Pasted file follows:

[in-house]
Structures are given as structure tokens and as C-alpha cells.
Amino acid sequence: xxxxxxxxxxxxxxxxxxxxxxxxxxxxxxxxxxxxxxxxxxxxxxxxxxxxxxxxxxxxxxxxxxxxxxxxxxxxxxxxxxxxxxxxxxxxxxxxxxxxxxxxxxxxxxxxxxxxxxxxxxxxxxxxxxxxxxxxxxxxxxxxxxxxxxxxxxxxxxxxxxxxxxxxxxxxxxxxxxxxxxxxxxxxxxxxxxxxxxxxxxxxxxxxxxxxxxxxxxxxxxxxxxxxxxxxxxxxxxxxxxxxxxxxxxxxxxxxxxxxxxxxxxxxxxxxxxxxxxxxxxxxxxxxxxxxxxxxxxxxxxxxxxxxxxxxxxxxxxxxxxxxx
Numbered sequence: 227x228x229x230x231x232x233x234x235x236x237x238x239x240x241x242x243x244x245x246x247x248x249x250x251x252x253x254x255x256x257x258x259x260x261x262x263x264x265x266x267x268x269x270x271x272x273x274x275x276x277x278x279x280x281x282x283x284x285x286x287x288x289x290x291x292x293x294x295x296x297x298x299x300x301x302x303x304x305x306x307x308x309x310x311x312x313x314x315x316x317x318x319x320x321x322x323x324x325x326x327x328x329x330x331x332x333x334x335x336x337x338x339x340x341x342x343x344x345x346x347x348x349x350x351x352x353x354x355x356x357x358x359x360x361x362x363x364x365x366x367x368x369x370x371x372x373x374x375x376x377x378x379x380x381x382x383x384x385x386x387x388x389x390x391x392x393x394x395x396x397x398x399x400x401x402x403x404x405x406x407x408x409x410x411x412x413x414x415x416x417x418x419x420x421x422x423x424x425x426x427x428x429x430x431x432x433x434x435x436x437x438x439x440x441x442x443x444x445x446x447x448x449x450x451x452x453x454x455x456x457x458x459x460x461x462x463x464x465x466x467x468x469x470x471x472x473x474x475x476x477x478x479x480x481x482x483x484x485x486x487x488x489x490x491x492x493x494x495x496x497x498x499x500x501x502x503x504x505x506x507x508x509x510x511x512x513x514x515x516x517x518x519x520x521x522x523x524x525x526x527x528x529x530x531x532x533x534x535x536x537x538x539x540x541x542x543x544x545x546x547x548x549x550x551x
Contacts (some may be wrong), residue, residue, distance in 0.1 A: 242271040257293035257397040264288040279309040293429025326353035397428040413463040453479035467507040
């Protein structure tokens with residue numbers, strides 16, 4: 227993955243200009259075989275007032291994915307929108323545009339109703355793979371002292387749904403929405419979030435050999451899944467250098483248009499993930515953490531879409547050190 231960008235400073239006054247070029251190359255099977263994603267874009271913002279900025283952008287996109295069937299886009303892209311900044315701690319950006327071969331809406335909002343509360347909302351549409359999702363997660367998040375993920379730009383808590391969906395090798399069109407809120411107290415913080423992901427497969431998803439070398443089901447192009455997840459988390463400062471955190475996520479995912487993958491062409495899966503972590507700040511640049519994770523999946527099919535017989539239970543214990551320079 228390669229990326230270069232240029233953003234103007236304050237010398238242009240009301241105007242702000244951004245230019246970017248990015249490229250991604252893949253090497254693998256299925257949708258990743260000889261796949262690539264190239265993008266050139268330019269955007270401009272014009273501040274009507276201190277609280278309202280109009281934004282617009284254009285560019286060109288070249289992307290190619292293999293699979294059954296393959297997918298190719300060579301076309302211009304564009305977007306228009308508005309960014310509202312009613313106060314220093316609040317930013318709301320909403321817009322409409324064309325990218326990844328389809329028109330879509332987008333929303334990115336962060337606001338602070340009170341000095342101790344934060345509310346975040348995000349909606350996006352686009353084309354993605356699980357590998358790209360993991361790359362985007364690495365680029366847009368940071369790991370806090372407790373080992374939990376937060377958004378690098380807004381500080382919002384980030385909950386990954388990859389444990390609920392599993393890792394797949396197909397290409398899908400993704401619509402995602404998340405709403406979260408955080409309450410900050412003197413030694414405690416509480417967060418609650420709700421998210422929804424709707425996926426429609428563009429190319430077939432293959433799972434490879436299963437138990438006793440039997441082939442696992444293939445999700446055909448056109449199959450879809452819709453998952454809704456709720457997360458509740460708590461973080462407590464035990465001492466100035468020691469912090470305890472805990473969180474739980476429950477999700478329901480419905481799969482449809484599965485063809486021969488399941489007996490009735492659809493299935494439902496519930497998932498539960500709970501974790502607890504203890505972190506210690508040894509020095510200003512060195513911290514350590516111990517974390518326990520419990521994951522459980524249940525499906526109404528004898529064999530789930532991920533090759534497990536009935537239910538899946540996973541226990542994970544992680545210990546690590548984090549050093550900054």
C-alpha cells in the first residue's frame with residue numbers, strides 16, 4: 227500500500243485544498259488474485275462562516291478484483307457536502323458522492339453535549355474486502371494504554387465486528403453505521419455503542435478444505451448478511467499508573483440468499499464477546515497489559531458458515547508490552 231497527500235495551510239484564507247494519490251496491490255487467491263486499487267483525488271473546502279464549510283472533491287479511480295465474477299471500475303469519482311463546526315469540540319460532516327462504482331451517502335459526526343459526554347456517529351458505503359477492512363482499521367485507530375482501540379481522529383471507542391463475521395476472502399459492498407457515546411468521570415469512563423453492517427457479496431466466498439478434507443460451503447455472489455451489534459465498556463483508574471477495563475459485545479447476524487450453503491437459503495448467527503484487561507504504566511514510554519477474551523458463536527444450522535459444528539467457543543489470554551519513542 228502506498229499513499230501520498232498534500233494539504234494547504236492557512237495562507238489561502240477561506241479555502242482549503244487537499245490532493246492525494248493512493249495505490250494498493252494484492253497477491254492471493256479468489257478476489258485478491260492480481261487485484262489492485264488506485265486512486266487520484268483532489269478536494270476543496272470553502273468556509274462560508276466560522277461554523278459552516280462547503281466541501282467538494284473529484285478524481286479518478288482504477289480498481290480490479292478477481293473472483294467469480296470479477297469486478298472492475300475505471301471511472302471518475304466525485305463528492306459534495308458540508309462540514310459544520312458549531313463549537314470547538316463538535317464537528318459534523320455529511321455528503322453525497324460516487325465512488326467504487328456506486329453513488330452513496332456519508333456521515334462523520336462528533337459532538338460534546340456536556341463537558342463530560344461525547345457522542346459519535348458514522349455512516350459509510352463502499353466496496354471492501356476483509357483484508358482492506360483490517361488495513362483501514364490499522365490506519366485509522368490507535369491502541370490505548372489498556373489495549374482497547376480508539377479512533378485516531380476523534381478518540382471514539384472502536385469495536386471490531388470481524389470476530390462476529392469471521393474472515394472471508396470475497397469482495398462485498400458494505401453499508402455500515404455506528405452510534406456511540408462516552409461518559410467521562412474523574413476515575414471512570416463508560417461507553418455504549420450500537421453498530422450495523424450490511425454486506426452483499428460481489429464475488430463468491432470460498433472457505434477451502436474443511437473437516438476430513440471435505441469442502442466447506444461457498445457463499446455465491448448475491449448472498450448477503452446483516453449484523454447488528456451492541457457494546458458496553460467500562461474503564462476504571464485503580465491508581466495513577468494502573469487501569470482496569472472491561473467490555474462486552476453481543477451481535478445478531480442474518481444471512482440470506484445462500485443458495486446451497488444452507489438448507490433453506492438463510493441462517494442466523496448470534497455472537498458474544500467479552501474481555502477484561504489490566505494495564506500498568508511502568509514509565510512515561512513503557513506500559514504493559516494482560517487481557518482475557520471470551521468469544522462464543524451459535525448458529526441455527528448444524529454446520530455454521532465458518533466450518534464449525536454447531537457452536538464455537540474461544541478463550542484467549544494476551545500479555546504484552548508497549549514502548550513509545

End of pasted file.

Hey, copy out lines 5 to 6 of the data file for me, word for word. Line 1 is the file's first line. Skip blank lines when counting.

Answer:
Contacts (some may be wrong), residue, residue, distance in 0.1 A: 242271040257293035257397040264288040279309040293429025326353035397428040413463040453479035467507040
């Protein structure tokens with residue numbers, strides 16, 4: 227993955243200009259075989275007032291994915307929108323545009339109703355793979371002292387749904403929405419979030435050999451899944467250098483248009499993930515953490531879409547050190 231960008235400073239006054247070029251190359255099977263994603267874009271913002279900025283952008287996109295069937299886009303892209311900044315701690319950006327071969331809406335909002343509360347909302351549409359999702363997660367998040375993920379730009383808590391969906395090798399069109407809120411107290415913080423992901427497969431998803439070398443089901447192009455997840459988390463400062471955190475996520479995912487993958491062409495899966503972590507700040511640049519994770523999946527099919535017989539239970543214990551320079 228390669229990326230270069232240029233953003234103007236304050237010398238242009240009301241105007242702000244951004245230019246970017248990015249490229250991604252893949253090497254693998256299925257949708258990743260000889261796949262690539264190239265993008266050139268330019269955007270401009272014009273501040274009507276201190277609280278309202280109009281934004282617009284254009285560019286060109288070249289992307290190619292293999293699979294059954296393959297997918298190719300060579301076309302211009304564009305977007306228009308508005309960014310509202312009613313106060314220093316609040317930013318709301320909403321817009322409409324064309325990218326990844328389809329028109330879509332987008333929303334990115336962060337606001338602070340009170341000095342101790344934060345509310346975040348995000349909606350996006352686009353084309354993605356699980357590998358790209360993991361790359362985007364690495365680029366847009368940071369790991370806090372407790373080992374939990376937060377958004378690098380807004381500080382919002384980030385909950386990954388990859389444990390609920392599993393890792394797949396197909397290409398899908400993704401619509402995602404998340405709403406979260408955080409309450410900050412003197413030694414405690416509480417967060418609650420709700421998210422929804424709707425996926426429609428563009429190319430077939432293959433799972434490879436299963437138990438006793440039997441082939442696992444293939445999700446055909448056109449199959450879809452819709453998952454809704456709720457997360458509740460708590461973080462407590464035990465001492466100035468020691469912090470305890472805990473969180474739980476429950477999700478329901480419905481799969482449809484599965485063809486021969488399941489007996490009735492659809493299935494439902496519930497998932498539960500709970501974790502607890504203890505972190506210690508040894509020095510200003512060195513911290514350590516111990517974390518326990520419990521994951522459980524249940525499906526109404528004898529064999530789930532991920533090759534497990536009935537239910538899946540996973541226990542994970544992680545210990546690590548984090549050093550900054």